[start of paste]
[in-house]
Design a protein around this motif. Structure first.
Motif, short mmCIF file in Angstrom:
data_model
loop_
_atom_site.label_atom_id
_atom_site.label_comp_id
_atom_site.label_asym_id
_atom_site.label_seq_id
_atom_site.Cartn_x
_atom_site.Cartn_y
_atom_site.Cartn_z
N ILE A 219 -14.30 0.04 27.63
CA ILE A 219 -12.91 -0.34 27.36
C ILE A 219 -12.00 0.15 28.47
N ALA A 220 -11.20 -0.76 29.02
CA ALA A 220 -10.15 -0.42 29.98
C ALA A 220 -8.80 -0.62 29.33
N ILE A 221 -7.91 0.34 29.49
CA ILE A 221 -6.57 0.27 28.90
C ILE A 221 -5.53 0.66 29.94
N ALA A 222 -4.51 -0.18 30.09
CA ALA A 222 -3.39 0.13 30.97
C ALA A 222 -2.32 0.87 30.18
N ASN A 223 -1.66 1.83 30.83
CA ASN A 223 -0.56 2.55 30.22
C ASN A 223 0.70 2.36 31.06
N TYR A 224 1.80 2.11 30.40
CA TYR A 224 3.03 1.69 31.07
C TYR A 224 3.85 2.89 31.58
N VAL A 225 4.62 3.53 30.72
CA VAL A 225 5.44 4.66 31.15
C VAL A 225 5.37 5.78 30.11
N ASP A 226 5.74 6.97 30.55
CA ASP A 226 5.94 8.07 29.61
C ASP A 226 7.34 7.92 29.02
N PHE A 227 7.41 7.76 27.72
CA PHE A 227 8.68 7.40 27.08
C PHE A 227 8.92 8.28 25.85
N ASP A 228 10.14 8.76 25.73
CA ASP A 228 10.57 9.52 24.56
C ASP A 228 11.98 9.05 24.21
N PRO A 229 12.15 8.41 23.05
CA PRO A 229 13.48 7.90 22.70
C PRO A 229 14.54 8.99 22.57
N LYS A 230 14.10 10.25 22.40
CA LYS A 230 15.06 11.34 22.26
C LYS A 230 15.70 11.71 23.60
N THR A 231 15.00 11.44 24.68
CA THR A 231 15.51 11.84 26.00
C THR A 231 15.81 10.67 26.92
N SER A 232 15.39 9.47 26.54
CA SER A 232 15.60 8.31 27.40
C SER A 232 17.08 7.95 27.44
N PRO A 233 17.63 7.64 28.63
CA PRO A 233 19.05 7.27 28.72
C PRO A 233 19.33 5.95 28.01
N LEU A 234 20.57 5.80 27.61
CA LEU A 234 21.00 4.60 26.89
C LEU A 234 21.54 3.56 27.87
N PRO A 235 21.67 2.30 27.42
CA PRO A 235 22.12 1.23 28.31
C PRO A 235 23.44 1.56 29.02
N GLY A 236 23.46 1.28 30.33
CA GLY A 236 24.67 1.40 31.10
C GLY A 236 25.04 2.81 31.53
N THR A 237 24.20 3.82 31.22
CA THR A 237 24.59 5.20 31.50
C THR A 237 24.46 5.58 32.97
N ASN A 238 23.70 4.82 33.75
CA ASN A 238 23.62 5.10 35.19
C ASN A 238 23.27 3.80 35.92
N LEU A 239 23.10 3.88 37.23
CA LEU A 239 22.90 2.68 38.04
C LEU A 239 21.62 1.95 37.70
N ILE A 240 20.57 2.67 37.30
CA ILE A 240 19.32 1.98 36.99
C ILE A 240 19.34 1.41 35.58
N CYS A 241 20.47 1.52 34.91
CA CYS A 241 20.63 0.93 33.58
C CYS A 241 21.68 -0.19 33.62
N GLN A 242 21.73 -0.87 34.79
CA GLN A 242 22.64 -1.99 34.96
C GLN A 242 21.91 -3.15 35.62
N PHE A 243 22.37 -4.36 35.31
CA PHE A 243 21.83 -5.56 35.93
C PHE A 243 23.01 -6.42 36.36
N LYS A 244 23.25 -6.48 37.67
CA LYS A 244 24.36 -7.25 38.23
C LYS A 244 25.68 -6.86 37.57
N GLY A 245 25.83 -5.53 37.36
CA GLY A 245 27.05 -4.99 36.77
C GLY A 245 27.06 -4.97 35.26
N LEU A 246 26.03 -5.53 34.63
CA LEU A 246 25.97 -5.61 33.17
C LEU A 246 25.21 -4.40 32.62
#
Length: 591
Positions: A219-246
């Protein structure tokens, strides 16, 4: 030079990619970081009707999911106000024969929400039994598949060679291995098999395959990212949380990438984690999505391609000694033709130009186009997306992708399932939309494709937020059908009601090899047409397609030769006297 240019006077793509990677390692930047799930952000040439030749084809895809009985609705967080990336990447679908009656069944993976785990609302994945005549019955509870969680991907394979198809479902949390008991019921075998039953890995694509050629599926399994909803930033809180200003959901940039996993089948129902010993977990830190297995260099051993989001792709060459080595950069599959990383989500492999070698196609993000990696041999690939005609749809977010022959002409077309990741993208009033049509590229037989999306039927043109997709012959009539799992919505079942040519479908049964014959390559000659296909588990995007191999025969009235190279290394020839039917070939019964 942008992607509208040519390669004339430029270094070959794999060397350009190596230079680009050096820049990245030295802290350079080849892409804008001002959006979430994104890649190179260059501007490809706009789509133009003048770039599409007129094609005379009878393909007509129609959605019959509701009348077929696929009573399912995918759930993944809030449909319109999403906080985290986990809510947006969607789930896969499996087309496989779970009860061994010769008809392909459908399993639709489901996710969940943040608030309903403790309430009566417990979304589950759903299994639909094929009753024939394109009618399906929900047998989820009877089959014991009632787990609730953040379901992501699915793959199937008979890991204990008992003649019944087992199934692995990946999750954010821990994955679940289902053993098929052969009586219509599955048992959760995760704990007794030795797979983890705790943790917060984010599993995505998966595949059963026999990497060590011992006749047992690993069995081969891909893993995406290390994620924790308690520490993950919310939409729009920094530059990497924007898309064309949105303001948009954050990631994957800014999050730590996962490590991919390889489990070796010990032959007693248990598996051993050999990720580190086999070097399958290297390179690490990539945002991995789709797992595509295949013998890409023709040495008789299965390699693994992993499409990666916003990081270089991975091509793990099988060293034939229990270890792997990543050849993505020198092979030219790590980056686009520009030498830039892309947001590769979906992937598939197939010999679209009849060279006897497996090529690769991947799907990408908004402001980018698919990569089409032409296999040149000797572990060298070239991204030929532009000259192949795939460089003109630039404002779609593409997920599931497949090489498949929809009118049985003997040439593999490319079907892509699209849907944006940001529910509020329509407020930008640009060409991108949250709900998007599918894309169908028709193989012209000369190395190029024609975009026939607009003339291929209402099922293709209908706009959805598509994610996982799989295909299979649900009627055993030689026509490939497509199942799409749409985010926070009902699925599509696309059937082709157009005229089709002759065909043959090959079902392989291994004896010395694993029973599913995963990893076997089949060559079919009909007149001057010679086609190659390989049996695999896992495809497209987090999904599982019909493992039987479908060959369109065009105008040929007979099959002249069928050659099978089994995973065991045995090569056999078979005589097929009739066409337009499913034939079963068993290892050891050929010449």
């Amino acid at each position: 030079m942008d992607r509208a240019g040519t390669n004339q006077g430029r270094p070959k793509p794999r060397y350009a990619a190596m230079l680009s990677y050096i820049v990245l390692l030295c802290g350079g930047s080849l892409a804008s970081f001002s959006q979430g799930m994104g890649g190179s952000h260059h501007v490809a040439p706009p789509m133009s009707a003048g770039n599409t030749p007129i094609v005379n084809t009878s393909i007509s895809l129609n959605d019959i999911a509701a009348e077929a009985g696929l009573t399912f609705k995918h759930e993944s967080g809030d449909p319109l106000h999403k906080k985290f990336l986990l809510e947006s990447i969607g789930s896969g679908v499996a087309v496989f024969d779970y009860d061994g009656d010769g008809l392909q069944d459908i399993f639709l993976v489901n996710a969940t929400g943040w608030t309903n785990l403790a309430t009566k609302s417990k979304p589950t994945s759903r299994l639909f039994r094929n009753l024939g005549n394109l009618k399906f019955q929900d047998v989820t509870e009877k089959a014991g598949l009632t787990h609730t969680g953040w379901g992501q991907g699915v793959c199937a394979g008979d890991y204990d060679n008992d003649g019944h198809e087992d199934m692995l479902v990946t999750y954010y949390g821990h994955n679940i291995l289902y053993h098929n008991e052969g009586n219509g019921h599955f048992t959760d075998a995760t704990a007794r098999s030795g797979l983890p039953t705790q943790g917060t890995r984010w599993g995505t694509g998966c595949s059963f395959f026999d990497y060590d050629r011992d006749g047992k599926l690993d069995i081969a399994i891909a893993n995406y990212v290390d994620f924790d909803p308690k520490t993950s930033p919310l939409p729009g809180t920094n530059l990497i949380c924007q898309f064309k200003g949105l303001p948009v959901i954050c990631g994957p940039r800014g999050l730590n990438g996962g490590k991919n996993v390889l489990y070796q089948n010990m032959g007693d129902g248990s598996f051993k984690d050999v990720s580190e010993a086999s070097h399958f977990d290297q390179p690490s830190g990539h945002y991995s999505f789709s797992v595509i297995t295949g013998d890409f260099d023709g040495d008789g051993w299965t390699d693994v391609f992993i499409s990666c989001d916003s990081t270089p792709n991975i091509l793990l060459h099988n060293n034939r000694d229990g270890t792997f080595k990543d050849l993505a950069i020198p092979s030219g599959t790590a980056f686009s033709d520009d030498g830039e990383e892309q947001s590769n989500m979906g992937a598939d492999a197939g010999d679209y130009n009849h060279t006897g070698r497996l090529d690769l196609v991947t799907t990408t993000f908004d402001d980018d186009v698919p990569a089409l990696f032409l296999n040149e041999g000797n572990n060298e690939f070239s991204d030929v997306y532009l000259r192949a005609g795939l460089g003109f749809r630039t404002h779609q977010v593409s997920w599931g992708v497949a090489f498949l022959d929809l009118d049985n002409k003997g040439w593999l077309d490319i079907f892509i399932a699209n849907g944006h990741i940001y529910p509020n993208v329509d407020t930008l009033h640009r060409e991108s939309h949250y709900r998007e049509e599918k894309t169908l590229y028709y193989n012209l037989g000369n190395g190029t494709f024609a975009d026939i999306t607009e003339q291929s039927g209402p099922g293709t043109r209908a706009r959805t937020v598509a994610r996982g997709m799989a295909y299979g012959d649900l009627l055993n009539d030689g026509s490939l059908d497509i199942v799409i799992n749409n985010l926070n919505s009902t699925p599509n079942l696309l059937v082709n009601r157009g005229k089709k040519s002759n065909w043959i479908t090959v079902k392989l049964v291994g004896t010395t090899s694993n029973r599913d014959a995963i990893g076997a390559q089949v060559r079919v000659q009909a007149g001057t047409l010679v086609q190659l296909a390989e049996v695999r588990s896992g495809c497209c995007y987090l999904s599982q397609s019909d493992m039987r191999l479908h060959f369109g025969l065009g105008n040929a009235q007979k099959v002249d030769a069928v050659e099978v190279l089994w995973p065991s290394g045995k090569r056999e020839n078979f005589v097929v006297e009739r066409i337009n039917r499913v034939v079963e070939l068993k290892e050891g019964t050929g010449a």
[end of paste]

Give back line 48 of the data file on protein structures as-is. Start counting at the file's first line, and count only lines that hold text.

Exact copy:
C LYS A 230 15.70 11.71 23.60